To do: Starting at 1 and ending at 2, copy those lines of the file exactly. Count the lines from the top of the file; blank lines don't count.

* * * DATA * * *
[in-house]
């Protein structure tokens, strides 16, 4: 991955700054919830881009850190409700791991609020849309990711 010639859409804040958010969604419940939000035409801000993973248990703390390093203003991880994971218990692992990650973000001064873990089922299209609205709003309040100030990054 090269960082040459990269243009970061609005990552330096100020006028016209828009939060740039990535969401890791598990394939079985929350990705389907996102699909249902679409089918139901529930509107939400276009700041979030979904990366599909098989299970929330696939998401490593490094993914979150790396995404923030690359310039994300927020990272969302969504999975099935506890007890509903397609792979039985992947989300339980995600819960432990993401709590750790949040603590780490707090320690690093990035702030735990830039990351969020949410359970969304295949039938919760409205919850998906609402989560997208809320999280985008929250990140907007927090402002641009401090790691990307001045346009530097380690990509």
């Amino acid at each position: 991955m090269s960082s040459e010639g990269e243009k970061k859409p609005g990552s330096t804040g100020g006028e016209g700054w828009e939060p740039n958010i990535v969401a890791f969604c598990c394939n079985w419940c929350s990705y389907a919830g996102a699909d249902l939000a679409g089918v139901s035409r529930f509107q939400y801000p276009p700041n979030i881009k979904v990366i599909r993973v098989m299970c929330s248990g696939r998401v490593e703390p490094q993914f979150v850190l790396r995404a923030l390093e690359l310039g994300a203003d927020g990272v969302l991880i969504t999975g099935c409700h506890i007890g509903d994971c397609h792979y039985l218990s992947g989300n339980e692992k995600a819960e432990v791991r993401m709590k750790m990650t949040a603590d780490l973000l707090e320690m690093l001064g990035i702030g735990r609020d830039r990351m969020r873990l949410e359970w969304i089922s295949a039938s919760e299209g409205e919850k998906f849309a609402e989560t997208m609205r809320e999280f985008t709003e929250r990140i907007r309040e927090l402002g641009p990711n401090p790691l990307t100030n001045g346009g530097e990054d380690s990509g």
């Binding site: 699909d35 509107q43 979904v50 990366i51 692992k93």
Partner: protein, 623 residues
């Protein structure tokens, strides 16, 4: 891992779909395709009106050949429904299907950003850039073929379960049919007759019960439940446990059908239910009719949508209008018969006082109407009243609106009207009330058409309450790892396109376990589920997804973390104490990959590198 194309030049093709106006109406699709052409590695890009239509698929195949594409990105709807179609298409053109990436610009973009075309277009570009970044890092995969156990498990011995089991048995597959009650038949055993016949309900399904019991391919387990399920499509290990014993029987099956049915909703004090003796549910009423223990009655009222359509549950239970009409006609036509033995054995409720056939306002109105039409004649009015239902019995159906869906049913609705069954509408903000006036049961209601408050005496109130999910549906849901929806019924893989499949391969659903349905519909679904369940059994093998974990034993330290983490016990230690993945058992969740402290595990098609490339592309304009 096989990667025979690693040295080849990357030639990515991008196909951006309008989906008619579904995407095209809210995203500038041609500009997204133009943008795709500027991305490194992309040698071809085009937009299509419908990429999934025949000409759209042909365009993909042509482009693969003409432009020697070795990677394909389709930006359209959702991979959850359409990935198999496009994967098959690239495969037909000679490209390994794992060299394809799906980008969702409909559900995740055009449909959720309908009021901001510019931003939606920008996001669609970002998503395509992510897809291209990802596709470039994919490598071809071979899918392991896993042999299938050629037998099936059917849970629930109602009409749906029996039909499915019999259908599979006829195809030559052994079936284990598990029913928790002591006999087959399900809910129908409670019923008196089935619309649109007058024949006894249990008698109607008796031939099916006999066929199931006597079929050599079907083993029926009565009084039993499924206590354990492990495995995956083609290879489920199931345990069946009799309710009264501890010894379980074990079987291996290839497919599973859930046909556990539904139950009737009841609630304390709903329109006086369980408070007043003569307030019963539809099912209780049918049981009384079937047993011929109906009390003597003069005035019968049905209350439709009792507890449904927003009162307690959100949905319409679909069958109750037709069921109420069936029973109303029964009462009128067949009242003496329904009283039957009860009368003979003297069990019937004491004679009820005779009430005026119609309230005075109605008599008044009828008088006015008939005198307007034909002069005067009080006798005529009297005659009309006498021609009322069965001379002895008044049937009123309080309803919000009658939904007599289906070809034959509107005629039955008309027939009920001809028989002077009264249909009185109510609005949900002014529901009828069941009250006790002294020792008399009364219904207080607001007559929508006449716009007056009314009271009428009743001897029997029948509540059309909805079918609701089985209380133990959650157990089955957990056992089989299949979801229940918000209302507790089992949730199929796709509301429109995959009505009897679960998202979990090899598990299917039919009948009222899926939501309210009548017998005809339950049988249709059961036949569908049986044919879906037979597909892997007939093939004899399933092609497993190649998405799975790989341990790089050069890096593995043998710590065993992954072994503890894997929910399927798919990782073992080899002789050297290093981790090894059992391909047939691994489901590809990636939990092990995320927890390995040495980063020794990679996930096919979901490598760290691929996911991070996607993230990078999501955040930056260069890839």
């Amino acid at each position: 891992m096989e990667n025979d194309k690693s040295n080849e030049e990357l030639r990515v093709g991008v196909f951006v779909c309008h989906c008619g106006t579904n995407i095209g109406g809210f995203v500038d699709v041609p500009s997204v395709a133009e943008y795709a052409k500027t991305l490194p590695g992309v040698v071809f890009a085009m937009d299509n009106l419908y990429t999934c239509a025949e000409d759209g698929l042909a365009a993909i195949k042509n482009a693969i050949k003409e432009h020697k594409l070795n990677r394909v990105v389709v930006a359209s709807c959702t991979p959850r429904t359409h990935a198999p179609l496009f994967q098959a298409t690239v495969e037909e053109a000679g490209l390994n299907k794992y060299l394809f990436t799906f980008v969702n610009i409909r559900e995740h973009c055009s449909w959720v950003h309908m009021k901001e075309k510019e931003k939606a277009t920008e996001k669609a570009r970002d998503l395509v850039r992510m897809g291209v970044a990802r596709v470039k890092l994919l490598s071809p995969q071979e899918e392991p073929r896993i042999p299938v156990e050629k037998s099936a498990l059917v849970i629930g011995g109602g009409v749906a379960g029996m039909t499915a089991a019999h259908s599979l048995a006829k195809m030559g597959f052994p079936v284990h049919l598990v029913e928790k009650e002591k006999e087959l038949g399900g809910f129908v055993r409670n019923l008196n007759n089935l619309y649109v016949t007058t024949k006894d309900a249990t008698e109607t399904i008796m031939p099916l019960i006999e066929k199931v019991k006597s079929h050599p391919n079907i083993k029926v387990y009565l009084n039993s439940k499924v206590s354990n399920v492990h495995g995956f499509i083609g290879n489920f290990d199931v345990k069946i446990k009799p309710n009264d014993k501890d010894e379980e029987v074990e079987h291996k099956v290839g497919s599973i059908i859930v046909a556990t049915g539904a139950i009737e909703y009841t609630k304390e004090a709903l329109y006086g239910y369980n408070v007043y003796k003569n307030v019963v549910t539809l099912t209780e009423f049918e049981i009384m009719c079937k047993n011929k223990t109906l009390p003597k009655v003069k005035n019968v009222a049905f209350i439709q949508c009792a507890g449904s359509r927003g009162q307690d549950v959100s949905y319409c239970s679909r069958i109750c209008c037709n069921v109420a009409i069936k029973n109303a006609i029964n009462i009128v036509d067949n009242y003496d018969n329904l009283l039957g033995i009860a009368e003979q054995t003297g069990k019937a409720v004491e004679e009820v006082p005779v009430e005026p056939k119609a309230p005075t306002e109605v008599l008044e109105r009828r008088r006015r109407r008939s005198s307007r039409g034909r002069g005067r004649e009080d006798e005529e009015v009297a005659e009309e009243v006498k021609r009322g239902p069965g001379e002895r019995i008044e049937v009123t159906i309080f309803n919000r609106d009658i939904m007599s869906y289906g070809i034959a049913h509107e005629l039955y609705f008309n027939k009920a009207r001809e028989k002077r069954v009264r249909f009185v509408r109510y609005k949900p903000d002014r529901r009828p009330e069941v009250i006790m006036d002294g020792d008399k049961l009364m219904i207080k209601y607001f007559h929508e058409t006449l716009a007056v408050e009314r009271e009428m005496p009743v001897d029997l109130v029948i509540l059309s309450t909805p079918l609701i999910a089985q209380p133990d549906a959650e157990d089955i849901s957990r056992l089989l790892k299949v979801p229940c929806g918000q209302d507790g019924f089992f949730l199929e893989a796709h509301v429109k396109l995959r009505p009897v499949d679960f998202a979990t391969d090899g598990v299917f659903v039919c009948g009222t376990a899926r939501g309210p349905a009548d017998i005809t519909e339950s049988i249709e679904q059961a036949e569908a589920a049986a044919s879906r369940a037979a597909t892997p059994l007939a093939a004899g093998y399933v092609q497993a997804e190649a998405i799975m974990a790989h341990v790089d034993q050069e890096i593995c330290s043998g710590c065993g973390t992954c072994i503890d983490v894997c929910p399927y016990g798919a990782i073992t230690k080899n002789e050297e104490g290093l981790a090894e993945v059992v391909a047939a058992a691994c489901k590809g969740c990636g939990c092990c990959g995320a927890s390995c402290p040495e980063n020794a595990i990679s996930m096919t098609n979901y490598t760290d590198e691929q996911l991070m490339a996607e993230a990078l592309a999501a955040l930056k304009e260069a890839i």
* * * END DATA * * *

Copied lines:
[in-house]
């Protein structure tokens, strides 16, 4: 991955700054919830881009850190409700791991609020849309990711 010639859409804040958010969604419940939000035409801000993973248990703390390093203003991880994971218990692992990650973000001064873990089922299209609205709003309040100030990054 090269960082040459990269243009970061609005990552330096100020006028016209828009939060740039990535969401890791598990394939079985929350990705389907996102699909249902679409089918139901529930509107939400276009700041979030979904990366599909098989299970929330696939998401490593490094993914979150790396995404923030690359310039994300927020990272969302969504999975099935506890007890509903397609792979039985992947989300339980995600819960432990993401709590750790949040603590780490707090320690690093990035702030735990830039990351969020949410359970969304295949039938919760409205919850998906609402989560997208809320999280985008929250990140907007927090402002641009401090790691990307001045346009530097380690990509």